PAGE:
Adding a new feather to the crown of the technological advancements in the medical field, Aster CMI Hospital claimed that it has successfully performed a live liver transplant on a patient from Nigeria, by not using blood or blood products, to protect the patient’s religious beliefs. Very few such surgeries have been successfully conducted worldwide.
The patient and donor were Jehovah’s Witnesses. Jehovah’s witnesses are a Christian section who prohibit the use of blood or blood products during their treatment.
37-year-old Gehozadak Okpongette had developed a decompensated liver disease and visited more than three countries over the last four years for treatment. But he was turned away by most of the doctors due to the high risk of the surgery. Doctors said surgery was challenging compared to a normal liver transplant because the medical team could not use blood or blood products (fresh frozen plasma, Cryoprecipitate, platelets etc) to protect the patient’s religious belief.
The patient’s brother was the donor and without a liver transplant, the chances of survival were less than 10 per cent over the next two years.
At Aster CMI hospital, a team of liver specialists thoroughly reviewed the patient’s medical history before recommending a bloodless liver transplant and charted out a feasible pathway to make the surgery a success.
“This transplant was especially challenging as we did not have the safety net (of using blood) even if the patient’s life was at risk due to their advance directive. We have performed other non-transplant liver surgeries in Jehovah’s Witnesses and this gave us the confidence to take on Gehojadak’s transplant,” Dr Rajiv Lochan, consultant liver transplant surgeon at Aster CMI Hospital, said.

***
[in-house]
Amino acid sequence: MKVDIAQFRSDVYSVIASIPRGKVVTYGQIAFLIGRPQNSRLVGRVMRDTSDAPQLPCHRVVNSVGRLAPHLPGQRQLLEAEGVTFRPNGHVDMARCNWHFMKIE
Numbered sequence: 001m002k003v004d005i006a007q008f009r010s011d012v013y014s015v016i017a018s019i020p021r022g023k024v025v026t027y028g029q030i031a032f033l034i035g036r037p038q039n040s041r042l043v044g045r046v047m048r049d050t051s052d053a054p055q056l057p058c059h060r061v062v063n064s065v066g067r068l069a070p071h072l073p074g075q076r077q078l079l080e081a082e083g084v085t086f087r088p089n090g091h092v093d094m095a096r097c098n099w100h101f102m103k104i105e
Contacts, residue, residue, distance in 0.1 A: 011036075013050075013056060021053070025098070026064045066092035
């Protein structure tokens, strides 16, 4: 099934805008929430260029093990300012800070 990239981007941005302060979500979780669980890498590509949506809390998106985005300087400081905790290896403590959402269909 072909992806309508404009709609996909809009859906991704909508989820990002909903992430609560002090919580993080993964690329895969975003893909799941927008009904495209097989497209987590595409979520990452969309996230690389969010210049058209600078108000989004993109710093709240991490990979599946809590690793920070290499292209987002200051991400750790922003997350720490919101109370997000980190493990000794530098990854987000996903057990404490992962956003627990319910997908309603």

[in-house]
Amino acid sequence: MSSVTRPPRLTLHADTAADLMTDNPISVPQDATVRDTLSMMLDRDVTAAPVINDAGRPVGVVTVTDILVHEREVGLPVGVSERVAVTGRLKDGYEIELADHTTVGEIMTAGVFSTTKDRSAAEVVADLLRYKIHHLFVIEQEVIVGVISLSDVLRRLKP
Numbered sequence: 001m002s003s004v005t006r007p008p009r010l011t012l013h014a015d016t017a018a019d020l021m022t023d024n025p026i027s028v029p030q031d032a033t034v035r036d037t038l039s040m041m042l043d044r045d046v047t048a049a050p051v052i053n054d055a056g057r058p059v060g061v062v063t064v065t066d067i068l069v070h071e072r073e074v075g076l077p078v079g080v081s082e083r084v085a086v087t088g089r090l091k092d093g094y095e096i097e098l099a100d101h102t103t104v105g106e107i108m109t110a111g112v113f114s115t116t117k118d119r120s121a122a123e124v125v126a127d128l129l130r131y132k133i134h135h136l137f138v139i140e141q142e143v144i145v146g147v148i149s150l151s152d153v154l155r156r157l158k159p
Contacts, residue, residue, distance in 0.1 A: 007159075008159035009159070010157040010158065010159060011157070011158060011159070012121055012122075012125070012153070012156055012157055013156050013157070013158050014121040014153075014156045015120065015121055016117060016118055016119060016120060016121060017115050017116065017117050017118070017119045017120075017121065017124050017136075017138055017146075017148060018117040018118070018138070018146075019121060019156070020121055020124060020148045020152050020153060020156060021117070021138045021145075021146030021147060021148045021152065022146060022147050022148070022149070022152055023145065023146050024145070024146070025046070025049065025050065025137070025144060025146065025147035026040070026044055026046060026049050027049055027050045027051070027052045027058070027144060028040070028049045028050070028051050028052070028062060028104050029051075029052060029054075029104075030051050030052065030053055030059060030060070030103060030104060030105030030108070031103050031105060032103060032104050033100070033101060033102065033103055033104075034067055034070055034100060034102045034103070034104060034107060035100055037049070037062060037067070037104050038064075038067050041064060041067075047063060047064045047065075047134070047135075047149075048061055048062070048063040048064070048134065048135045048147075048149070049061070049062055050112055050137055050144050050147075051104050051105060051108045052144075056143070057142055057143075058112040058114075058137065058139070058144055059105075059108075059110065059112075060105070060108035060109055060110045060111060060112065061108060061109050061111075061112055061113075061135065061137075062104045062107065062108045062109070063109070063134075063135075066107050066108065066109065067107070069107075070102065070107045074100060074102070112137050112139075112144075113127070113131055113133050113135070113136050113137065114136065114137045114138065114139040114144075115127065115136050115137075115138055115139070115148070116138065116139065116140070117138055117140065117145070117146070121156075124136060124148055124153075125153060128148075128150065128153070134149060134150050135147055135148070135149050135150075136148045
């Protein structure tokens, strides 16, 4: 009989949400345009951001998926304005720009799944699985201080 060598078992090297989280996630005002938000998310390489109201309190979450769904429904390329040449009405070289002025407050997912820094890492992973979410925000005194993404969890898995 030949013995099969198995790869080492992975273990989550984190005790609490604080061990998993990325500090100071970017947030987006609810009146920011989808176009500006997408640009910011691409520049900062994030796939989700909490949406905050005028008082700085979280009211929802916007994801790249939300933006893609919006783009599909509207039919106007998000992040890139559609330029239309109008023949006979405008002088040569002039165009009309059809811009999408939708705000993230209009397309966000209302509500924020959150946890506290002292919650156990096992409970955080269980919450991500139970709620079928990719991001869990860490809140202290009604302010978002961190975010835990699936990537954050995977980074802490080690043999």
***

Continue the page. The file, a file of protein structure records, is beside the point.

The surgery took 12 hours to complete where two teams of specialists with close to 25 doctors, including anaesthetists and intensivists, worked in absolute sync with each other and Gehojadak finally received a life-saving liver transplant. In two weeks, the patient and his brother were discharged from the hospital.
The team spend several counselling sessions with the recipient-donor and family to fully understand the various interventions and supportive measures that could be used during the surgery. “Even if their haemoglobin levels dropped to life-threatening levels, the patients were clear that they would not accept a blood transfusion. Keeping the limitations in mind, the most effective treatment path was planned, and we spent close to two months preparing the patients for surgery,” Arun V, consultant anesthesiologist said.
“We instead used a ‘Normo-volemic hemodilution’ technique where we took two units each of both the patient and donor’s blood and kept it connected to their system throughout the surgery using special equipment so that there is no break in the blood circulation loop. This technique was discussed beforehand with the patient and was in line with their beliefs. The patient lost about two Units of blood during this surgery, but through this technique, we were able to compensate for the loss,” said Dr Prakash Doraiswamy, Consultant Intensivist.

Source: The Week, Bangalore Mirror, Deccan Herald

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